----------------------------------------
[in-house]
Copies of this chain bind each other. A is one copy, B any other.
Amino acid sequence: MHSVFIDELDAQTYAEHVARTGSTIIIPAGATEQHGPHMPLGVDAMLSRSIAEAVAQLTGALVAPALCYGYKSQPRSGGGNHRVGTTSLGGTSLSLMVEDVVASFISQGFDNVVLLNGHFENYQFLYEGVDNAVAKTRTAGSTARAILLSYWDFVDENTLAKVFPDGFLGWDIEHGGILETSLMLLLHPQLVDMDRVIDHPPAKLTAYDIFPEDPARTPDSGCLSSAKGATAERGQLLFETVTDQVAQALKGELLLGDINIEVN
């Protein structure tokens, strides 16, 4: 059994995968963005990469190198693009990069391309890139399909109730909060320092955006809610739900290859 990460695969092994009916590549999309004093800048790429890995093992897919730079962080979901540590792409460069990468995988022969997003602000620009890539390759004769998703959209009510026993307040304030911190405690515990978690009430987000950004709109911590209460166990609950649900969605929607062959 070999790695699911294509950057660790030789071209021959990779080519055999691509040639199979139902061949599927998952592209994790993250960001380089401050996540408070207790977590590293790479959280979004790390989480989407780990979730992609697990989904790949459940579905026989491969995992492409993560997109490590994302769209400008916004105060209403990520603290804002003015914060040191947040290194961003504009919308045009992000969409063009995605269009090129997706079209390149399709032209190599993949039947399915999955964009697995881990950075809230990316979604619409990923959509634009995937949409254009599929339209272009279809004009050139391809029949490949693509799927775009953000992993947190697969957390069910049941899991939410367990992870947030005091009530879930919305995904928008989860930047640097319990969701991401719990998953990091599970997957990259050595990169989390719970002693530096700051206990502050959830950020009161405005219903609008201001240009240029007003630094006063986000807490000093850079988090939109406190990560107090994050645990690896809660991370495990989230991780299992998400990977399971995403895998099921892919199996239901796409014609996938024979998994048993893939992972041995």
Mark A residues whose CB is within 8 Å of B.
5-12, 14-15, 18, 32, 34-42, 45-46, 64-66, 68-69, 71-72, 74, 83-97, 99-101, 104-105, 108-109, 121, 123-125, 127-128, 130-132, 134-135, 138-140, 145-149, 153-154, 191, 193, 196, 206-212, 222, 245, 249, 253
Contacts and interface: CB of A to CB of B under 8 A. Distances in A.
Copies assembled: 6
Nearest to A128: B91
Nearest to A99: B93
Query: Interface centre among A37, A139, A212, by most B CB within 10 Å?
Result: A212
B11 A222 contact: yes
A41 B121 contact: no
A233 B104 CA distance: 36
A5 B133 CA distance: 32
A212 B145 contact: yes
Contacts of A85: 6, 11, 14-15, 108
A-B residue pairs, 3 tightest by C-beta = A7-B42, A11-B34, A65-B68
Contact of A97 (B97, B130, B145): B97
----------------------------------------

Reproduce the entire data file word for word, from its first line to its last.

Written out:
[in-house]
Copies of this chain bind each other. A is one copy, B any other.
Amino acid sequence: MHSVFIDELDAQTYAEHVARTGSTIIIPAGATEQHGPHMPLGVDAMLSRSIAEAVAQLTGALVAPALCYGYKSQPRSGGGNHRVGTTSLGGTSLSLMVEDVVASFISQGFDNVVLLNGHFENYQFLYEGVDNAVAKTRTAGSTARAILLSYWDFVDENTLAKVFPDGFLGWDIEHGGILETSLMLLLHPQLVDMDRVIDHPPAKLTAYDIFPEDPARTPDSGCLSSAKGATAERGQLLFETVTDQVAQALKGELLLGDINIEVN
């Protein structure tokens, strides 16, 4: 059994995968963005990469190198693009990069391309890139399909109730909060320092955006809610739900290859 990460695969092994009916590549999309004093800048790429890995093992897919730079962080979901540590792409460069990468995988022969997003602000620009890539390759004769998703959209009510026993307040304030911190405690515990978690009430987000950004709109911590209460166990609950649900969605929607062959 070999790695699911294509950057660790030789071209021959990779080519055999691509040639199979139902061949599927998952592209994790993250960001380089401050996540408070207790977590590293790479959280979004790390989480989407780990979730992609697990989904790949459940579905026989491969995992492409993560997109490590994302769209400008916004105060209403990520603290804002003015914060040191947040290194961003504009919308045009992000969409063009995605269009090129997706079209390149399709032209190599993949039947399915999955964009697995881990950075809230990316979604619409990923959509634009995937949409254009599929339209272009279809004009050139391809029949490949693509799927775009953000992993947190697969957390069910049941899991939410367990992870947030005091009530879930919305995904928008989860930047640097319990969701991401719990998953990091599970997957990259050595990169989390719970002693530096700051206990502050959830950020009161405005219903609008201001240009240029007003630094006063986000807490000093850079988090939109406190990560107090994050645990690896809660991370495990989230991780299992998400990977399971995403895998099921892919199996239901796409014609996938024979998994048993893939992972041995």
Mark A residues whose CB is within 8 Å of B.
5-12, 14-15, 18, 32, 34-42, 45-46, 64-66, 68-69, 71-72, 74, 83-97, 99-101, 104-105, 108-109, 121, 123-125, 127-128, 130-132, 134-135, 138-140, 145-149, 153-154, 191, 193, 196, 206-212, 222, 245, 249, 253
Contacts and interface: CB of A to CB of B under 8 A. Distances in A.
Copies assembled: 6
Nearest to A128: B91
Nearest to A99: B93
Query: Interface centre among A37, A139, A212, by most B CB within 10 Å?
Result: A212
B11 A222 contact: yes
A41 B121 contact: no
A233 B104 CA distance: 36
A5 B133 CA distance: 32
A212 B145 contact: yes
Contacts of A85: 6, 11, 14-15, 108
A-B residue pairs, 3 tightest by C-beta = A7-B42, A11-B34, A65-B68
Contact of A97 (B97, B130, B145): B97